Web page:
Sons of Kemet's Theon Cross: Five Essential Albums

Theon Cross (image courtesy of Grandstand Media, PR)
by Kara Manning | 02/15/2022 | 12:00am

Theon Cross (image courtesy of Grandstand Media, PR)

As FUV honors music pioneers over the next month, we also reached out to a new generation of rising artists and innovators to discuss the "Five Essential Albums" that have guided them creatively and personally.

The tuba is not often thought of as an easy, versatile instrument, but when handled by London's Theon Cross, member of the acclaimed, Mercury Prize-nominated band Sons of Kemet, the unwieldly brass becomes a stirring conduit of emotion and passion, one that fits as easily into grime, reggae, funk, or rock as it does jazz.

Cross takes his exploratory path even further on his powerful 2021 solo album, Intra-I, which delves into what the tuba player calls "Afro-Diaspora Music (ADM)." He flexes the muscularity of rhythm, bass, and the nuances of the tuba's cavernous sound as if it's a cello, stretching its dynamics in unexpected ways and embracing his African-Carribean heritage and history on tracks like "Roots," featuring Shumba Maasai, and the tender "Watching Over (Bless Up Dad)," written for his reggae-loving father who passed away in 2020.

Cross is at the heart of London's electrifying jazz scene. He's not only collaborated with his Sons of Kemet compadres, saxophonist Shabaka Hutchings and drummers Tom Skinner and Eddie Wakili-Hick (their most recent album is 2021's Black to the Future), but with acclaimed peers such as Nubya Garcia, Ezra Collective, and Moses Boyd. Cross has also played with The Smile, comprised of Skinner and Radiohead's Thom Yorke and Jonny Greenwood, on a couple of tracks, including their new single, "The Smoke."

For FUV's "Five Essential Albums," Cross's selections cover all phases of his life, from teenage tuba player to one of the great masters of the instrument:

Sons of Kemet's Theon Cross: Five Essential Albums:

Dirty Dozen Brass Band, Voodoo
When I first started to get into playing the tuba in a jazz context, I started checking out brass bands from New Orleans and the Dirty Dozen were a group that I really enjoyed listening to and really enjoyed the funk and joy in the music. The way Kirk Joseph moves around on the sousaphone on this record made me see the tuba in a different way and was a big influence and eye opener.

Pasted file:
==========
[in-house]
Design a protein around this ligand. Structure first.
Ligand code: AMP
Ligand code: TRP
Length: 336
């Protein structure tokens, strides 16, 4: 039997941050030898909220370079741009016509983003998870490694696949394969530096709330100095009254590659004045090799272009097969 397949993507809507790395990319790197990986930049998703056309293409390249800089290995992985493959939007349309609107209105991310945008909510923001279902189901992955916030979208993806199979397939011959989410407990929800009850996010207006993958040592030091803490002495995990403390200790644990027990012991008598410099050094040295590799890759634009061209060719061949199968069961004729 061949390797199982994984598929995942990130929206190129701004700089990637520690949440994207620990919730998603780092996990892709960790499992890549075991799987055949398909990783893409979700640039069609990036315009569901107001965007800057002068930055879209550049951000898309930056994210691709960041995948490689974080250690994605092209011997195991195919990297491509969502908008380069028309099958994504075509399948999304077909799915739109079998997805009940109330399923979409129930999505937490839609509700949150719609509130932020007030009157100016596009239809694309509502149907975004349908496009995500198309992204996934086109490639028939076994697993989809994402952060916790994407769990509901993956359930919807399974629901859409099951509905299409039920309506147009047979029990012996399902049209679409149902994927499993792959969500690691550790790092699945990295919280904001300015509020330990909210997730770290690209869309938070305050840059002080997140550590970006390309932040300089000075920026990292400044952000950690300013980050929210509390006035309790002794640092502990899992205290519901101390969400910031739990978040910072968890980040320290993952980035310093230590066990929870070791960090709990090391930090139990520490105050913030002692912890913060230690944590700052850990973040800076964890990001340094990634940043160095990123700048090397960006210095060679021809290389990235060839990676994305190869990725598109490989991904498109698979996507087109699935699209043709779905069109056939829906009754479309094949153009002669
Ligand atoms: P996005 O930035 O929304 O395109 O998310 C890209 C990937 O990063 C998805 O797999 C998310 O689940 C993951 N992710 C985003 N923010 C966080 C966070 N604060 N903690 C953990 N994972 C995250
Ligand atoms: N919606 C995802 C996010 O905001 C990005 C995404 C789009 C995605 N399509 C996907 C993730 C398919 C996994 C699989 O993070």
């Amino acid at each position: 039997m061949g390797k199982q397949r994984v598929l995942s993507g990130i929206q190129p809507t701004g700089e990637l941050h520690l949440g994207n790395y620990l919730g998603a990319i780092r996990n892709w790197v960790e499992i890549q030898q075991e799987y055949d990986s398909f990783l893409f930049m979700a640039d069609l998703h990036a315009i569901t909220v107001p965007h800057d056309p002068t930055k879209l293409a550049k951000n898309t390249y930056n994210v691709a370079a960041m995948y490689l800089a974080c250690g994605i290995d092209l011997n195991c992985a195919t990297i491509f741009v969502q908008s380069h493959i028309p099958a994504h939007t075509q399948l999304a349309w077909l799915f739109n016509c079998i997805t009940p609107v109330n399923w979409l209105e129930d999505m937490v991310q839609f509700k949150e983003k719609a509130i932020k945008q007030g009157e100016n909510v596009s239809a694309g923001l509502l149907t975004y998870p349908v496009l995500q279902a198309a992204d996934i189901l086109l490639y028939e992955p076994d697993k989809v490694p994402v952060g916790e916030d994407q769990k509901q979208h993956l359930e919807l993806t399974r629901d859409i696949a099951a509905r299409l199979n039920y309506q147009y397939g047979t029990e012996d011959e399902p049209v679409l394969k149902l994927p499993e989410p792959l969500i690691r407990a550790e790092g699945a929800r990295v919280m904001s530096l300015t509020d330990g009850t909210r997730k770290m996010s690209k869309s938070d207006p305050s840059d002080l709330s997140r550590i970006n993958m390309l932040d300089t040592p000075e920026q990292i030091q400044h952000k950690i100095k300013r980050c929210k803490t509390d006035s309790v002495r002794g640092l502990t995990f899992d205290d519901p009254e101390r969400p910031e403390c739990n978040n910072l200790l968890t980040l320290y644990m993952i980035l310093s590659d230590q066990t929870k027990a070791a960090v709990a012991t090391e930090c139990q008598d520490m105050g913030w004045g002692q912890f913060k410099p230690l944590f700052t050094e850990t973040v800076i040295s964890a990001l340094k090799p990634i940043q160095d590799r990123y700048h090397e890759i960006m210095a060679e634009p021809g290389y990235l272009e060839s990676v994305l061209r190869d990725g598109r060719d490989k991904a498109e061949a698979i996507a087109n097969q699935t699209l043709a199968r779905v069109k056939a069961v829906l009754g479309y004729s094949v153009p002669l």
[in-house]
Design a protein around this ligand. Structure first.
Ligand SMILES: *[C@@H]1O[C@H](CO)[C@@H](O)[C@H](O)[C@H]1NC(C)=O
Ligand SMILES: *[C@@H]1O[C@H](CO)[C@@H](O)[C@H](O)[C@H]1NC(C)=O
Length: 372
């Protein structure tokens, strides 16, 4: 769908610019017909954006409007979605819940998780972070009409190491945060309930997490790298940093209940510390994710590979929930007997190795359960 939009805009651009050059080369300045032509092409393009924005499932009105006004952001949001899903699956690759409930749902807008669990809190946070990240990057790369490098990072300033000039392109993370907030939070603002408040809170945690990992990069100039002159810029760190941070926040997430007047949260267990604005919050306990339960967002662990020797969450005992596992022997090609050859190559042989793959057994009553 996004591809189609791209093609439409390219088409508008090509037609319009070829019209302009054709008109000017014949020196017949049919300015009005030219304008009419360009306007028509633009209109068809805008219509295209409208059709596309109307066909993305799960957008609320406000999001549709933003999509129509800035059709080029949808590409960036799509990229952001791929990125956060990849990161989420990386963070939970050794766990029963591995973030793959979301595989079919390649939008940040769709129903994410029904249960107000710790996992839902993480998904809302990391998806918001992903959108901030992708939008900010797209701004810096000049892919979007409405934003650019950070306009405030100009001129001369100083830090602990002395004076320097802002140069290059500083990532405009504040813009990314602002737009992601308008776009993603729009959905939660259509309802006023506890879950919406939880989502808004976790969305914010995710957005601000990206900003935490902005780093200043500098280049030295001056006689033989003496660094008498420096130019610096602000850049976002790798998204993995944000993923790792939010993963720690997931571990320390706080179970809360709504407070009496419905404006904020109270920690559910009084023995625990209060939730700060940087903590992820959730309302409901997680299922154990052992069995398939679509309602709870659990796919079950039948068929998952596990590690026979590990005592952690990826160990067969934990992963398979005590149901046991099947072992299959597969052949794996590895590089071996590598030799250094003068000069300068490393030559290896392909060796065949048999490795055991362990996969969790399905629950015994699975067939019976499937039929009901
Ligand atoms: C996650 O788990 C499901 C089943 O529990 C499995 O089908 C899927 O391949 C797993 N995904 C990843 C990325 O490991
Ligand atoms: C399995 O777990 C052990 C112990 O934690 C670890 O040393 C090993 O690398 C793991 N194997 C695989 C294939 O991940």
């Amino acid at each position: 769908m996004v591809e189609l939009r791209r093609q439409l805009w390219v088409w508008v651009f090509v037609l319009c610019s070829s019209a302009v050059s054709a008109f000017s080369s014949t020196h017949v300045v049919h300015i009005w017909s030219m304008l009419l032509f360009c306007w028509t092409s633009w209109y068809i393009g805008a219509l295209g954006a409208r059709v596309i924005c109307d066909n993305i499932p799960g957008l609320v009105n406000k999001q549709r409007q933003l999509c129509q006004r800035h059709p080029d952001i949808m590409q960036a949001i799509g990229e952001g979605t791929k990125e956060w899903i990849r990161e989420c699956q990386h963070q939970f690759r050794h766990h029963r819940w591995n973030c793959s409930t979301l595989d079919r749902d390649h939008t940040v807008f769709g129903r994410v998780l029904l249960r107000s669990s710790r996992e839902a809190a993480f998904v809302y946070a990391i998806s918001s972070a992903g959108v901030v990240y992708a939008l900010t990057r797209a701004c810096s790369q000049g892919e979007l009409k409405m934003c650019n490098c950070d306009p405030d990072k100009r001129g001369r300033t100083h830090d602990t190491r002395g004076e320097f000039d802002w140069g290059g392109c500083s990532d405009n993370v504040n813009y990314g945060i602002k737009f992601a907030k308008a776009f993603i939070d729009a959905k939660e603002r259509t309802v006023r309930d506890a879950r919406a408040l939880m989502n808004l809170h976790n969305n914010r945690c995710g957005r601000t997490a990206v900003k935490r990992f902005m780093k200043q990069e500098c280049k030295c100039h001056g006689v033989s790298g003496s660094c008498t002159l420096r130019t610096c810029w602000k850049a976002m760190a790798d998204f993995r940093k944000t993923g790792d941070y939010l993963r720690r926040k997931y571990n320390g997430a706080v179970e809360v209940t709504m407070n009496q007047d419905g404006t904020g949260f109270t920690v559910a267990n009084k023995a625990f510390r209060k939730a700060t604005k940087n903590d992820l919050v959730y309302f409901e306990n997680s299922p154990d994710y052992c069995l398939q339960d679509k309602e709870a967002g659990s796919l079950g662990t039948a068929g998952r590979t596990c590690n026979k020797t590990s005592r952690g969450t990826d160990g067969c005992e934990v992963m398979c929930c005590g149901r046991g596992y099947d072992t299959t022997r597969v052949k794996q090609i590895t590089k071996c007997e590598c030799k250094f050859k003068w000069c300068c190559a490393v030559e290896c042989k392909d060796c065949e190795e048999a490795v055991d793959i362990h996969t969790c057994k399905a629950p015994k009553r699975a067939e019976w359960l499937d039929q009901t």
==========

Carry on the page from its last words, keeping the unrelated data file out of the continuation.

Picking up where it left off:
Bob Marley and the Wailers, Exodus
Bob Marley’s music has always been present in my upbringing through my parents, and this album features so many of the songs of his that I often revisit the most. The songs are timeless and the message in the music remains relevant.

Count Ossie, Count Ossie & The Mystic Revelation of Rastafari
This is an album that I was introduced to by my dad when I was a child and where I first heard the sound of traditional Nyabinghi music from Jamaica. It’s a deeply spiritual album that has been an influence on my music and also an album that we have a shared affinity for in Sons of Kemet.

Louis Armstrong, The Best of The Hot 5 & Hot 7 Recordings
When I first started playing jazz gigs in London I would often play in a lot of traditional jazz bands, as it was a style of music where the tuba could be used as the bass instrument. I fell in love with this album quite early and find Louis Armstrong’s trumpet playing so ahead of its time and masterful. The arrangements are so tight and precise and I learnt a lot from listening to and playing some of this music.

Dizzee Rascal, Boy In Da Corner
Being a Londoner who was a teen in the mid 2000s, the sound of grime music was prevalent around people in my age group and Boy In Da Corner is a definitive classic in the genre. It is an album that I’ve taken influence from in some of my own music sonically and also in the way I approach and hear bass lines.

- Theon Cross
February 2022

Weekdays at Noon

Ticket Giveaways from WFUV